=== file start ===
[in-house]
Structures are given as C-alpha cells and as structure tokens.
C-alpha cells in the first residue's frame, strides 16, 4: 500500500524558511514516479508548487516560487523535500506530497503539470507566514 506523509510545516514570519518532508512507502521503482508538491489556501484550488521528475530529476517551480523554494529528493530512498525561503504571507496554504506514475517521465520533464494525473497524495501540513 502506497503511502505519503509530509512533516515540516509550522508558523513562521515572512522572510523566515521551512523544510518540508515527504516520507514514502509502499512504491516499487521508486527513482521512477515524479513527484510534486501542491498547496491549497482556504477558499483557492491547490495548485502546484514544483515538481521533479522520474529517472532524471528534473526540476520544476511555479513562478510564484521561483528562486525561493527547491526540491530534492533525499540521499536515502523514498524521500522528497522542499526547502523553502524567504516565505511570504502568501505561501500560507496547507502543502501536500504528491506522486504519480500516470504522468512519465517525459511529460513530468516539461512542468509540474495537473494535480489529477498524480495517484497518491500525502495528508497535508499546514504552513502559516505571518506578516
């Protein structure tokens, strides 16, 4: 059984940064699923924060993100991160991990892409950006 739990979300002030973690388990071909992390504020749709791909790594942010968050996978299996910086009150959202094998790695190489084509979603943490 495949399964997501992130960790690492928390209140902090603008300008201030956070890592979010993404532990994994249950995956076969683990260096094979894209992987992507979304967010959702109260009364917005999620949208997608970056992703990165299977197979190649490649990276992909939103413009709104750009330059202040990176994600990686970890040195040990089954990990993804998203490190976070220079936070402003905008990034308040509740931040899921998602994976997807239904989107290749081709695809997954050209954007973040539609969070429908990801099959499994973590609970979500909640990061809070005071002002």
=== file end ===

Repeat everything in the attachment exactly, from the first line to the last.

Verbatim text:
[in-house]
Structures are given as C-alpha cells and as structure tokens.
C-alpha cells in the first residue's frame, strides 16, 4: 500500500524558511514516479508548487516560487523535500506530497503539470507566514 506523509510545516514570519518532508512507502521503482508538491489556501484550488521528475530529476517551480523554494529528493530512498525561503504571507496554504506514475517521465520533464494525473497524495501540513 502506497503511502505519503509530509512533516515540516509550522508558523513562521515572512522572510523566515521551512523544510518540508515527504516520507514514502509502499512504491516499487521508486527513482521512477515524479513527484510534486501542491498547496491549497482556504477558499483557492491547490495548485502546484514544483515538481521533479522520474529517472532524471528534473526540476520544476511555479513562478510564484521561483528562486525561493527547491526540491530534492533525499540521499536515502523514498524521500522528497522542499526547502523553502524567504516565505511570504502568501505561501500560507496547507502543502501536500504528491506522486504519480500516470504522468512519465517525459511529460513530468516539461512542468509540474495537473494535480489529477498524480495517484497518491500525502495528508497535508499546514504552513502559516505571518506578516
């Protein structure tokens, strides 16, 4: 059984940064699923924060993100991160991990892409950006 739990979300002030973690388990071909992390504020749709791909790594942010968050996978299996910086009150959202094998790695190489084509979603943490 495949399964997501992130960790690492928390209140902090603008300008201030956070890592979010993404532990994994249950995956076969683990260096094979894209992987992507979304967010959702109260009364917005999620949208997608970056992703990165299977197979190649490649990276992909939103413009709104750009330059202040990176994600990686970890040195040990089954990990993804998203490190976070220079936070402003905008990034308040509740931040899921998602994976997807239904989107290749081709695809997954050209954007973040539609969070429908990801099959499994973590609970979500909640990061809070005071002002």